Heroic is also a fitting word for young American actor Adrien Brody's performance in the title role. Hitherto not well known (despite good turns in "Summer of Sam" and "The Thin Red Line"), he is gently heartbreaking in his sophisticated naivete and complex simplicity -- a couple of oxymorons that may or may not convey the un-melodramatic subtlety of his characterization, which is aided by a fabulous epic-ethnic nose of Cyrano proportions: "Tis a rock, a crag, a cape -- a cape? Say rather, a peninsula!"

The tense screenplay by Ronald Harwood ("The Dresser"), based on Szpilman's autobiography, is uniformly well rendered by the rest of the cast, most notably Frank Finlay as Vladek's stunned father and Thomas Kretschmann as the Nazi deus ex machina officer for whom Vladek plays Chopin's G Minor Ballade (Op. 23) in the film's most profoundly moving scene.

But the most brilliant element is Polanski's gripping, grueling direction that infuses every emotional minute and fires every scene. As a child, he survived the bombings of both Warsaw and Cracow. This -- after the great success of "Repulsion," "Tess," "Rosemary's Baby," "Chinatown" -- is his first film made in Poland since his debut with "Knife in the Water" 40 years ago.

A film this crushing sweeps away the conventional trivialities that usually greet us at the cinema. The issues don't get any bigger. I've taken many lumps from people objecting to the inclusion of political views in critiques. But movies, at their best, are supposed to make you THINK. So get ready for some (far more objectionable) theological views, induced by "The Pianist":

1) Of the three great biblical virtues, Faith and Charity made sense, but I could never quite understand Hope. It always seemed like a redundant paler version (and natural part) of Faith. Too late in their tragedy, some victims in "The Pianist" ask themselves and each other why they didn't -- or don't -- fight and die on the spot, take a few filthy Nazis with them, rather than submit to each stage of the torture? A remnant of them did so in the ghetto uprising, but most did not respond with resistance. They responded with HOPE. It springs eternal. But Hope was no virtue. It was a terrible, fatal mistake.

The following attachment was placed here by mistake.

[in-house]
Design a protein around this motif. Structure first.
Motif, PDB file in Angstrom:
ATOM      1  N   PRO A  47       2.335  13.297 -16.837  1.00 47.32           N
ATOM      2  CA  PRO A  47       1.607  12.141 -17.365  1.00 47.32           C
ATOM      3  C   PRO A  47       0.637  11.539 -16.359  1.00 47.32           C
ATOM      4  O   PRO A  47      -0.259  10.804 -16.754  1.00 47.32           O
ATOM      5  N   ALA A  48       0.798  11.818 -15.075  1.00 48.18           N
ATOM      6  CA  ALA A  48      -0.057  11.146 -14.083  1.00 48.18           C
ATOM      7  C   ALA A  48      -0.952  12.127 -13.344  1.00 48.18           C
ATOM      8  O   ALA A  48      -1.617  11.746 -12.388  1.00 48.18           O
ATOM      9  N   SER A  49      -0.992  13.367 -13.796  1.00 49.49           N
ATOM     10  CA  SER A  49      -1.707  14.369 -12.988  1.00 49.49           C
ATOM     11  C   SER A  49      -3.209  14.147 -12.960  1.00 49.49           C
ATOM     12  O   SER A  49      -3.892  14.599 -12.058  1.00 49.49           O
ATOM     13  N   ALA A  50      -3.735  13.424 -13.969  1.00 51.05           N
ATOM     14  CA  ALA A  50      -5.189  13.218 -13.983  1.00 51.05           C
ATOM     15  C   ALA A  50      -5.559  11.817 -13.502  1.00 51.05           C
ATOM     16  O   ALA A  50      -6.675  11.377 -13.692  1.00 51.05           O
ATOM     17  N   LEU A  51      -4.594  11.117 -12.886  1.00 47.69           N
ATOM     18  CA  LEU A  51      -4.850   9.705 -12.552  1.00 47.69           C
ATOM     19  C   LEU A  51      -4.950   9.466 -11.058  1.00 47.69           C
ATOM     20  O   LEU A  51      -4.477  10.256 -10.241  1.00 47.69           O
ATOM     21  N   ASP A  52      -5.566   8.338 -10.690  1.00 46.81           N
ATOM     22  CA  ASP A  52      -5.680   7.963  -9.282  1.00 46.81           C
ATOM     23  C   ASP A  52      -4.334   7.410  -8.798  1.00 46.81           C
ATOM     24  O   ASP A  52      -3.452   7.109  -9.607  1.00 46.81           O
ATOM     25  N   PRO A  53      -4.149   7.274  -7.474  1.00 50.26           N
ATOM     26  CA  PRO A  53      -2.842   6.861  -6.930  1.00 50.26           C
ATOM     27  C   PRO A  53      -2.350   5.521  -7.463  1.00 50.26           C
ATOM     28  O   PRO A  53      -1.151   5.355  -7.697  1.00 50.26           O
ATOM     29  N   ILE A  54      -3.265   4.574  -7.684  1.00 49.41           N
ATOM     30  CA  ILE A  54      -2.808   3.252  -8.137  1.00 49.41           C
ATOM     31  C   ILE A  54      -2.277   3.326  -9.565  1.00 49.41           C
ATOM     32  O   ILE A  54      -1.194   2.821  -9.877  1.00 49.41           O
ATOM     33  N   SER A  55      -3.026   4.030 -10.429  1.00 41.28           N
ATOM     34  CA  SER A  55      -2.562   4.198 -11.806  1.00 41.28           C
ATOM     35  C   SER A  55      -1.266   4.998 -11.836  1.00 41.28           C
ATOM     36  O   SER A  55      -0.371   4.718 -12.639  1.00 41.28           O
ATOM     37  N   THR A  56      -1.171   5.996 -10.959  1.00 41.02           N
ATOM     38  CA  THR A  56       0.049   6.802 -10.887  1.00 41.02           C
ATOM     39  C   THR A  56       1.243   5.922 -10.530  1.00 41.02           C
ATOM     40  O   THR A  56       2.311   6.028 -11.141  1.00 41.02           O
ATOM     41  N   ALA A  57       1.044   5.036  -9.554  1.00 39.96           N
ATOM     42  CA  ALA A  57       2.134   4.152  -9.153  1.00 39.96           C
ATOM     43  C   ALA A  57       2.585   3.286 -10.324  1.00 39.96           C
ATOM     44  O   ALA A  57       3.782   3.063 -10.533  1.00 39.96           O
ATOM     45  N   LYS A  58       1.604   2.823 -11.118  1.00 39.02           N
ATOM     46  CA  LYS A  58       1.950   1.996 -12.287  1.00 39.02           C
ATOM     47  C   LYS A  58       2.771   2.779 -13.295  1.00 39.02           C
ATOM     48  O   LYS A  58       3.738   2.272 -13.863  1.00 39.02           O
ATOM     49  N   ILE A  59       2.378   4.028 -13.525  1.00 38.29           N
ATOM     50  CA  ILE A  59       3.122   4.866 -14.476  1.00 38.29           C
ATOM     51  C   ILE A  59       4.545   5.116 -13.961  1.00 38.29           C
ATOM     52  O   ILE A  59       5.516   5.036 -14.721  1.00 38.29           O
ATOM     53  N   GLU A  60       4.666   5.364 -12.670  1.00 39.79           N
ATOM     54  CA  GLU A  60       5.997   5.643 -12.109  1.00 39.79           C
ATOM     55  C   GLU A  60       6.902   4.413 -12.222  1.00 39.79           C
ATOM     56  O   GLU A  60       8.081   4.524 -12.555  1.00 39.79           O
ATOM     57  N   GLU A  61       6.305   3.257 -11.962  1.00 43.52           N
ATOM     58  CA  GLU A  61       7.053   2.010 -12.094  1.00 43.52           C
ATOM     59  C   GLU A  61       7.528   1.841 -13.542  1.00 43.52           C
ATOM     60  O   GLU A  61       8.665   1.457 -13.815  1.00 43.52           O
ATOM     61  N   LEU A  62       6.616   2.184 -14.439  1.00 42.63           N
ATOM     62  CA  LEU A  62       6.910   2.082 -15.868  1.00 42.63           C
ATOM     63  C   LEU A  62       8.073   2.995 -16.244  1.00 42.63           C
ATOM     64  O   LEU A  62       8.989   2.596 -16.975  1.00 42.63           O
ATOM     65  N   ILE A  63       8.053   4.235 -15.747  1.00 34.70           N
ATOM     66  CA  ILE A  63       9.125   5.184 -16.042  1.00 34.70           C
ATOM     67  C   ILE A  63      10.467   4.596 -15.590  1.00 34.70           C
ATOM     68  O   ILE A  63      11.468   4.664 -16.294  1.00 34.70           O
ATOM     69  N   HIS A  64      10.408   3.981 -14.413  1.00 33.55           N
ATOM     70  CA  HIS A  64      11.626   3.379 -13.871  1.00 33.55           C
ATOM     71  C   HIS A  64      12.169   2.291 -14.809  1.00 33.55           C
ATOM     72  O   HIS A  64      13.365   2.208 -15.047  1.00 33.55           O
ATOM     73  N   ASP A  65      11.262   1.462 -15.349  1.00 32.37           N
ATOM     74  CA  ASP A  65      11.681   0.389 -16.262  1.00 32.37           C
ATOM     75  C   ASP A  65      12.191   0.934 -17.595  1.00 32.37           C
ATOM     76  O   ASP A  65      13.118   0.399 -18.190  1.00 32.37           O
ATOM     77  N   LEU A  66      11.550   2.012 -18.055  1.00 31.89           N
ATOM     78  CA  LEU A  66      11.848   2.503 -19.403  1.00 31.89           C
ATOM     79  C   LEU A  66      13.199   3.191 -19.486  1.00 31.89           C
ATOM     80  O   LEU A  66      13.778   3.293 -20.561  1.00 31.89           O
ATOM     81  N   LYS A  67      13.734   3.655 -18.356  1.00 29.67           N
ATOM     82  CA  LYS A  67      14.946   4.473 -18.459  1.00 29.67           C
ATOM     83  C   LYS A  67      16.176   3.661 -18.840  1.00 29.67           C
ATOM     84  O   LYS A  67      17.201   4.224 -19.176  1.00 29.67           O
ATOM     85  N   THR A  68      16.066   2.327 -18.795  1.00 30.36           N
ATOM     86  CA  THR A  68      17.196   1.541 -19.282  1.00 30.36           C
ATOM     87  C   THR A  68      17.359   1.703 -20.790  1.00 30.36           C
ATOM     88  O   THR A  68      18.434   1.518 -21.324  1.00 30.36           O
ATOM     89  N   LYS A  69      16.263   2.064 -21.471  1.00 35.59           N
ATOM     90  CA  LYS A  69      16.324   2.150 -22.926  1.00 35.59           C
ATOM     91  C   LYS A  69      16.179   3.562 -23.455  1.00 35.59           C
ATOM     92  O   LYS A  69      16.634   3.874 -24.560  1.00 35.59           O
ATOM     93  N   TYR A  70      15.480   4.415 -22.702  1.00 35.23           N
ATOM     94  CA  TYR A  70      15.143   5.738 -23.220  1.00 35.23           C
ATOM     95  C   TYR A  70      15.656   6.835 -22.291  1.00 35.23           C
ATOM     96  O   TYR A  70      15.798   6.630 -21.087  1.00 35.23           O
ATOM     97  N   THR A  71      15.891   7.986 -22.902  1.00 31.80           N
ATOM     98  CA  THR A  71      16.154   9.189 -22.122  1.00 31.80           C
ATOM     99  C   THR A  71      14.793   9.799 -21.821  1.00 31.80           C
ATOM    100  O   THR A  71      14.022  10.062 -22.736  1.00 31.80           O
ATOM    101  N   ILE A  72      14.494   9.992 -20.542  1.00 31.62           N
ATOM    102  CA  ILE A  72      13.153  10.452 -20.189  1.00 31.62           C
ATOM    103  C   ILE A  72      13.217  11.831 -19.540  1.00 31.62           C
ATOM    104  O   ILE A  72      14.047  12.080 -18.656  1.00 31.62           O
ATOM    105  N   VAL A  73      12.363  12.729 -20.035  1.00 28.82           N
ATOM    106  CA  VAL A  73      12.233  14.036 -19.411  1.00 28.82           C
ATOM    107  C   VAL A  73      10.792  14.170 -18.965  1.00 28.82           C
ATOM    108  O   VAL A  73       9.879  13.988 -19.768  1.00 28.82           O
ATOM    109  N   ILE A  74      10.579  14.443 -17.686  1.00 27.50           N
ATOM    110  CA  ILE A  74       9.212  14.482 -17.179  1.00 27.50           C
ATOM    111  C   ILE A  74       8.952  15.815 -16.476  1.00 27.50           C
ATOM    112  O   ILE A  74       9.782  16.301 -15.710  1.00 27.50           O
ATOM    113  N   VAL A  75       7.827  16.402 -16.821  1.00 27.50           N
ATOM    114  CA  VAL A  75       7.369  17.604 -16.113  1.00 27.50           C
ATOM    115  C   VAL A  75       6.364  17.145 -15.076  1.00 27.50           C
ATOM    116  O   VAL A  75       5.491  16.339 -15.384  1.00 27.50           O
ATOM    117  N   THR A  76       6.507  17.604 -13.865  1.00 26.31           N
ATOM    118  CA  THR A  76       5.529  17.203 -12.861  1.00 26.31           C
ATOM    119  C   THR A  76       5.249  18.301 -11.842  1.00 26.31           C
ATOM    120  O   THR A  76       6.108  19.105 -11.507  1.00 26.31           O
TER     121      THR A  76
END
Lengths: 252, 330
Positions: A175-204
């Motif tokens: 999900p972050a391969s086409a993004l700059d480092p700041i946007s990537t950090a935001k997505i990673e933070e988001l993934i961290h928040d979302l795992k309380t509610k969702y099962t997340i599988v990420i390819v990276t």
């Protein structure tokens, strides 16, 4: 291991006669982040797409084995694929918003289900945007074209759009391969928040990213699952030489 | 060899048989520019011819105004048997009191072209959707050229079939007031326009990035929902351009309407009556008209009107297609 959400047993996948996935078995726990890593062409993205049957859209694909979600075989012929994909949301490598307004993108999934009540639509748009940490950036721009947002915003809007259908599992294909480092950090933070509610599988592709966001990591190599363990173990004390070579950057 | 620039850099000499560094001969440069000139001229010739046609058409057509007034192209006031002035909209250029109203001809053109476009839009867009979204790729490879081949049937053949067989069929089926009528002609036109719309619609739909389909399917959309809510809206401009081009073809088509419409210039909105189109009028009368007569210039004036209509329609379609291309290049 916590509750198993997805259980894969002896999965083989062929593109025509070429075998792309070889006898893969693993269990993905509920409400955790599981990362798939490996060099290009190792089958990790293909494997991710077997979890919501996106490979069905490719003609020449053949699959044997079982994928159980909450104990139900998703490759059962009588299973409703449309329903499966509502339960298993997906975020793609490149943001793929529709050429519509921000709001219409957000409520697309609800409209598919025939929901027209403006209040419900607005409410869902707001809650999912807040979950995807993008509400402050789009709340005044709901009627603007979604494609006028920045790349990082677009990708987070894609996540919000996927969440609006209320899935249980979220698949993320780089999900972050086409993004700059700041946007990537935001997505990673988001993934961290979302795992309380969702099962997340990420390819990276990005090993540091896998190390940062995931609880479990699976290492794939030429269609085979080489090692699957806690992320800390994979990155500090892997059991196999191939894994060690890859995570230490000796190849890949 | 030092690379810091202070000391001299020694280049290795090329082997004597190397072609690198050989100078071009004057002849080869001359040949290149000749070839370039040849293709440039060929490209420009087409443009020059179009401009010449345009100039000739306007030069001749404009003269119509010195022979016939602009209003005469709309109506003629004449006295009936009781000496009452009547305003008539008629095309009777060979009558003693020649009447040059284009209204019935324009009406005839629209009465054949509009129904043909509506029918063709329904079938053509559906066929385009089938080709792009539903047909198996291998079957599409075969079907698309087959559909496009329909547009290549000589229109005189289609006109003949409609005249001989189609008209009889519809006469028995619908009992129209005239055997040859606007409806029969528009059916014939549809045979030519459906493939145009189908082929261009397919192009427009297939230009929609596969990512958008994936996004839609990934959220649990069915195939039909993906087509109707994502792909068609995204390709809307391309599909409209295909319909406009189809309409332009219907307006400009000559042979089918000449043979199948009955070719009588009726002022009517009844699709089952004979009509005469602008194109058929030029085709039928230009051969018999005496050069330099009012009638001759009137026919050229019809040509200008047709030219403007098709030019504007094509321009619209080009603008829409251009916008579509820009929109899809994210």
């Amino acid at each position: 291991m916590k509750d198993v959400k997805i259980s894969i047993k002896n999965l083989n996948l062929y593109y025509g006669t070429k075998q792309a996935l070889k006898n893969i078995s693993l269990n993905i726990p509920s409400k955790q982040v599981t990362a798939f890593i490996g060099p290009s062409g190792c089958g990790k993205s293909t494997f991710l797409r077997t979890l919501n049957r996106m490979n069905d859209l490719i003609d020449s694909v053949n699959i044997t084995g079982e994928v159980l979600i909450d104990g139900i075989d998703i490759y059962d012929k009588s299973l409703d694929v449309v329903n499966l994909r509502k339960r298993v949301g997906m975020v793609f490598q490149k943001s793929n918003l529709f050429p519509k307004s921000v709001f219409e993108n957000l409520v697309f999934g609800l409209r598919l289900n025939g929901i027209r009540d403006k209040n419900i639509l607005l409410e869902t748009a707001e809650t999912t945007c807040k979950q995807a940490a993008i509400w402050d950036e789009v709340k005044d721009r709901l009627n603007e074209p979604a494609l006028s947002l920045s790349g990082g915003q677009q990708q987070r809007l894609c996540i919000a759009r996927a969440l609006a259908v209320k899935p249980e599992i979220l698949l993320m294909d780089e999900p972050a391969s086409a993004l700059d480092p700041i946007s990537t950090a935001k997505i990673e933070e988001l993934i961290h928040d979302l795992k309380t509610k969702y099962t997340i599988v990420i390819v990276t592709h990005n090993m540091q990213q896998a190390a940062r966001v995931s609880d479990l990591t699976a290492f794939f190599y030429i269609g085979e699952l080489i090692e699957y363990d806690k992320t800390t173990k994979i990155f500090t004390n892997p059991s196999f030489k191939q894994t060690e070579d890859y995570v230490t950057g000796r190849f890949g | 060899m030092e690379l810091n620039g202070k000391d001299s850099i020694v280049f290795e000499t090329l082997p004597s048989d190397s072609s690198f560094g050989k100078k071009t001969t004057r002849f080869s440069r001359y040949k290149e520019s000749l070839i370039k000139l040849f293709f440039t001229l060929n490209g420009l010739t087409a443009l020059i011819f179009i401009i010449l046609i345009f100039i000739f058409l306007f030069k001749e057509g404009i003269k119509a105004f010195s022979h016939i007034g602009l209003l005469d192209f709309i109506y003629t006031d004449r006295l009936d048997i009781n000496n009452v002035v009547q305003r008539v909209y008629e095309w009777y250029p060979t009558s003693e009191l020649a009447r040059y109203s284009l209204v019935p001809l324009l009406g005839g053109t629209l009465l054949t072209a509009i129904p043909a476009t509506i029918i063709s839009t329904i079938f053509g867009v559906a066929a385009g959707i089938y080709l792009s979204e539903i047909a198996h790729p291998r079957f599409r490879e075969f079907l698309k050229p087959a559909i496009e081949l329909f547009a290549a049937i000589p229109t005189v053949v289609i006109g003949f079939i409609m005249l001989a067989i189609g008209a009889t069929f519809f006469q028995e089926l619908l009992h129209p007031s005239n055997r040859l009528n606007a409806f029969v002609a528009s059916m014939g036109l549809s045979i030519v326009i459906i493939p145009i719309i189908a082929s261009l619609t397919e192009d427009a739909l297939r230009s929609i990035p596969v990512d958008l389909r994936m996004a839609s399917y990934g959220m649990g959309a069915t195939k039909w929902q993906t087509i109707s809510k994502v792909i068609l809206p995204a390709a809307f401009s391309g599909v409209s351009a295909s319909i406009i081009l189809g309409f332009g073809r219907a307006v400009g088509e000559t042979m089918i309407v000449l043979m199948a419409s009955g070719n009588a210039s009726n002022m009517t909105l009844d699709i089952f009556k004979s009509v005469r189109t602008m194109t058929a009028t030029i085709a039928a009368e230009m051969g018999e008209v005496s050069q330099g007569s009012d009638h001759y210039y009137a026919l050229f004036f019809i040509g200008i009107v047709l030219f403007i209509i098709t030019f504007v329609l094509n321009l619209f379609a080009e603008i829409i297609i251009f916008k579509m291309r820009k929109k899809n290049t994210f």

2) It may be human to err and divine to forgive in general, but not here: It is hard to forgive God for the Holocaust. He was AWOL when six or 10 or 20 million devout Jews and Christians (counting the Slavs) desperately beseeched Him. The best that can be said is that He and His existence were irrelevant to the Holocaust. It was no more "God's will" that Szpilman survive than that the others be killed. If He deserves no blame for the latter, He deserves no credit for the former. The redemptive triumph of survivors like Szpilman -- and non-survivors like Anne Frank -- is a phenomenon of the human, not divine, spirit.

That is the mega-tragic but somehow life-affirming bottom line of this powerful film and the unspeakable horror it depicts, the masterpiece/ epiphany in the lifetime of a troubled filmmaker with unspeakable horrors of his own and Charles Manson's to live with.

When the Germans were finally forced to retreat from Warsaw in January 1945, approximately 50 Jews were left alive in the city. Vladek Szpilman (whose name, beautifully, means "player") was one of them. His redemption was in the struggle to live -- and the music that accompanies it.

Barry Paris can be reached at 412-263-3859.